I want you to imagine you’re at a party. Not a great party, more like one of those dull work parties, where nobody is really thrilled to be there, but attendance is mandatory. And imagine, if you will, someone saunters in and takes a gigantic dump in the punchbowl.
What would you do? What do you do?
Bringing it up with a manager seems like a safe bet. So you tell the person in charge of the party that someone took a shit in the punchbowl. “Yeah, yeah, whatever.” they say. “We’ll get someone to take a look.”
So the party continues, with a big turd floating in the punchbowl. Occasionally, someone tries to get punch, ignorant of the turd, and is stopped by someone with enough sense to know you don’t drink from a turd-filled punchbowl. The conversation at the party shifts from work mundanity to why there’s a turd in the punchbowl, who shat it, and why nobody’s done anything about it.
“Yeah,” says Dawn in accounting, “I brought it up with the Office Manager an hour ago, and it’s still there.”
Now, it turns out, this party is actually being sponsored by one of your company’s clients. So, when the client’s guy shows up and sees the turd-loaded punchbowl, what happens then? They technically paid for that punch that nobody can drink.
Suddenly, now it’s important. Nobody at the party can drink the punch, the entire vibe is ruined, and nobody’s happy—but because someone with a financial stake in having drinkable punch raised the issue, now someone’s motivated to address it.
Any similarity to the above story to recent events involving a certain right-wing provocateur—by which I mean serial harasser—on Twitter, is far from coincidental.
It’s incumbent upon any organization that tries to be a space for social interactions online, that they both acknowledge someone’s going to try and take a shit in the punchbowl. It’s human nature. Someone’s always going to try to ruin the fun for everyone else. When this happens, you can’t just stand aside, tsk, and then fall back on some vague platitudes on “free expression,” or whatnot. Instead, you remove the turd, you dump out the punch, you clean the bowl—or just replace it completely—and kick the punchbowl pooper out of the party.
And that last step is not censorship. If someone shat in the punchbowl because they didn’t like the punch, didn’t like the party, or didn’t like the company running the party, it doesn’t matter. There’s better, politer, more constructive, and less disgusting ways to express your dissent. Ways that don’t ruin the party for everyone else, that don’t risk making everyone sick, and might actually make things better.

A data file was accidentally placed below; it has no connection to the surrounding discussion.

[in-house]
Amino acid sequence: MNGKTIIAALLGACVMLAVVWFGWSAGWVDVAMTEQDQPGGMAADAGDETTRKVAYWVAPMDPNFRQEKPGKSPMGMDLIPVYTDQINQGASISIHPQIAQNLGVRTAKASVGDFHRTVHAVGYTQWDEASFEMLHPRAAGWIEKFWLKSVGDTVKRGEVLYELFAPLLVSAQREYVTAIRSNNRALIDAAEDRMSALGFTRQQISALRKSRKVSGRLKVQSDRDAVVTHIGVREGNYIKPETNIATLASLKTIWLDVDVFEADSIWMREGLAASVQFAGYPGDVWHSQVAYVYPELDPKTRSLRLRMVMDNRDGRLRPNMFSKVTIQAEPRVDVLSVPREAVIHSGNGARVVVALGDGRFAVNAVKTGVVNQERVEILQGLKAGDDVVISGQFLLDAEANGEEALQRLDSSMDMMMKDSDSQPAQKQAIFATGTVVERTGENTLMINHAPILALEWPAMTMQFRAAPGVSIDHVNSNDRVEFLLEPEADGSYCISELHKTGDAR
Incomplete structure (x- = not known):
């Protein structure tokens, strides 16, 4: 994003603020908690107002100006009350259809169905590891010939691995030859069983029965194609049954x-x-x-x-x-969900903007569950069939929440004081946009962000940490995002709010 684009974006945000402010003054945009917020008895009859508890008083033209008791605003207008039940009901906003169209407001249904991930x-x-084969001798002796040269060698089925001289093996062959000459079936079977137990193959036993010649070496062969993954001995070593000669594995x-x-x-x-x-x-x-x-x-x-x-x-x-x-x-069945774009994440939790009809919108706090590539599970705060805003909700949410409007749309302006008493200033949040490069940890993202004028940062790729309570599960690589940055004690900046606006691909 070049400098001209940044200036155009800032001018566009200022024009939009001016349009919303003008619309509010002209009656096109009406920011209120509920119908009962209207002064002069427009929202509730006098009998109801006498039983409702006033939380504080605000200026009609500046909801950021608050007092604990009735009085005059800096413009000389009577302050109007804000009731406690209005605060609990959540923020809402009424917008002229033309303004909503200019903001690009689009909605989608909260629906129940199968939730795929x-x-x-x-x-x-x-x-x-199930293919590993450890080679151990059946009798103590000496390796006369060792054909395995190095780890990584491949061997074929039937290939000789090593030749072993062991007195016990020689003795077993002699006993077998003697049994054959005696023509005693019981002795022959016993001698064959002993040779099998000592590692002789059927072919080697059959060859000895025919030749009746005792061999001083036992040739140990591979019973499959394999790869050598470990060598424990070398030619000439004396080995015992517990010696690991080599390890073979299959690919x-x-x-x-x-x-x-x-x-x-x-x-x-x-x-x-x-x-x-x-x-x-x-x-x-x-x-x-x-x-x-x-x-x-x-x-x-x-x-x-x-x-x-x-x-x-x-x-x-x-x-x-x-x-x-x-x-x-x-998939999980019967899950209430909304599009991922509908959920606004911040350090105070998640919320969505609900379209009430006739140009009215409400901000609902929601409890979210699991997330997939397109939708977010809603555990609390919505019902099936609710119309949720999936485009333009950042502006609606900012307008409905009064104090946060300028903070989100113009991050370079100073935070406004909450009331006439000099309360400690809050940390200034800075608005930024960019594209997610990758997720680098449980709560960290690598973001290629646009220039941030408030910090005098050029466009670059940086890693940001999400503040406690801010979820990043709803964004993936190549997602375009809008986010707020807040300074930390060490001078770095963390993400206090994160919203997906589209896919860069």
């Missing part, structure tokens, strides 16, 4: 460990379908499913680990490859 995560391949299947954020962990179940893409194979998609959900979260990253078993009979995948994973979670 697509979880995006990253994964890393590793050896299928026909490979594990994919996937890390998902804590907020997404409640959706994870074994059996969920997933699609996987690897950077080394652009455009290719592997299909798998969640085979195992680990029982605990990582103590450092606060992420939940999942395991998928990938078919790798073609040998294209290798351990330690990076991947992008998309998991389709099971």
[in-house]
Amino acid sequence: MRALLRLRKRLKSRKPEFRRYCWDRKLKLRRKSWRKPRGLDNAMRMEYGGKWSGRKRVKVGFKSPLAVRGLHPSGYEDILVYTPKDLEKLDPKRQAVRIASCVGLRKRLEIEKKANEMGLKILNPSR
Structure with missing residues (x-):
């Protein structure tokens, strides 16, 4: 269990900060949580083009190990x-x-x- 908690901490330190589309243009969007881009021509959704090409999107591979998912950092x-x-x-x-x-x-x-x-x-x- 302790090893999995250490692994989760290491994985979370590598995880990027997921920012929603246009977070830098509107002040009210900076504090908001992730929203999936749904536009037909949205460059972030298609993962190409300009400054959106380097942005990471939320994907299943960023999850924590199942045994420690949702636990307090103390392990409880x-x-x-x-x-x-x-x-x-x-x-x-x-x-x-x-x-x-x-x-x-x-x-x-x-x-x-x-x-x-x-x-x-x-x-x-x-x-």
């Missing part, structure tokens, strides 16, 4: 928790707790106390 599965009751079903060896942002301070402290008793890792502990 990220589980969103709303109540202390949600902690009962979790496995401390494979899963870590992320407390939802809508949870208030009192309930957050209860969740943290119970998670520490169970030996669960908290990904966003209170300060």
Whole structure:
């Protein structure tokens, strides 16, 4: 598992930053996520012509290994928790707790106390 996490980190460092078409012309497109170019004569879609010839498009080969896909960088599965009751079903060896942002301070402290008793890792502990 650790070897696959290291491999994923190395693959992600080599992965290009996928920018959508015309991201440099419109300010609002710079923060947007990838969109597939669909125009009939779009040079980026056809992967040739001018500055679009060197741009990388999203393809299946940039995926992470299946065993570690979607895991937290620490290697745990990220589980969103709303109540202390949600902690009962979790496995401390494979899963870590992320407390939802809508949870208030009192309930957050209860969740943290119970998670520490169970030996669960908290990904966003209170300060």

Let’s dispense with the metaphors for a bit.
Internet trolls and abusers love to make a false equivalency between their targeted campaigns of hate and simply “disagreeing” with what their victim is saying. This is absurd on the face of it, but I’ll explain why in a bit more detail that is inevitably going to read a bit like a Monty Python sketch.
Disagreement is an intellectual process, wherein you express a contrary view to someone and present evidence and reasoning to back it up. Harassment and abuse is insulting, threatening, and hounding a person with repetitive comments—even if those are attached to a valid disagreement.
To put it another way, disagreement is saying “I don’t agree, because of x, y, and z.” Harassment and abuse is saying “I don’t agree, because of x, y, and I will murder you and your family because of it.” The former of these is protected speech. The latter is a criminal threat, but good luck getting it prosecuted in a court of law.
And, while we’re on the subject, nobody online is obligated to get into a debate with you if you disagree. Even if you’re polite about it. Someone’s refusal to debate you is not even close to the same thing as being harassed or abused yourself.
As long as the trolls have free reign to shit in the punchbowl, everyone else is going to have a very unpleasant experience on Twitter. By banning one of the service’s serial punchbowl poopers, they’ve at least taken a major step in showing they care, just a little bit, about having punch that’s free of turds for all of us to enjoy.
My suspicion is, however, that they only care because the punch was paid for by someone who needs to have Milo’s latest victim using Twitter as part of the promotional strategy for the new Ghostbusters. Only by threatening Twitter’s ad revenue could Jack and his team decide that enough was enough, and give Milo a long overdue push out the door.
Don’t get me wrong, I’m glad he’s gone. I just don’t have much hope that Twitter’s going to do much to prevent anyone else from shitting in the punchbowl. I hope I get proven wrong.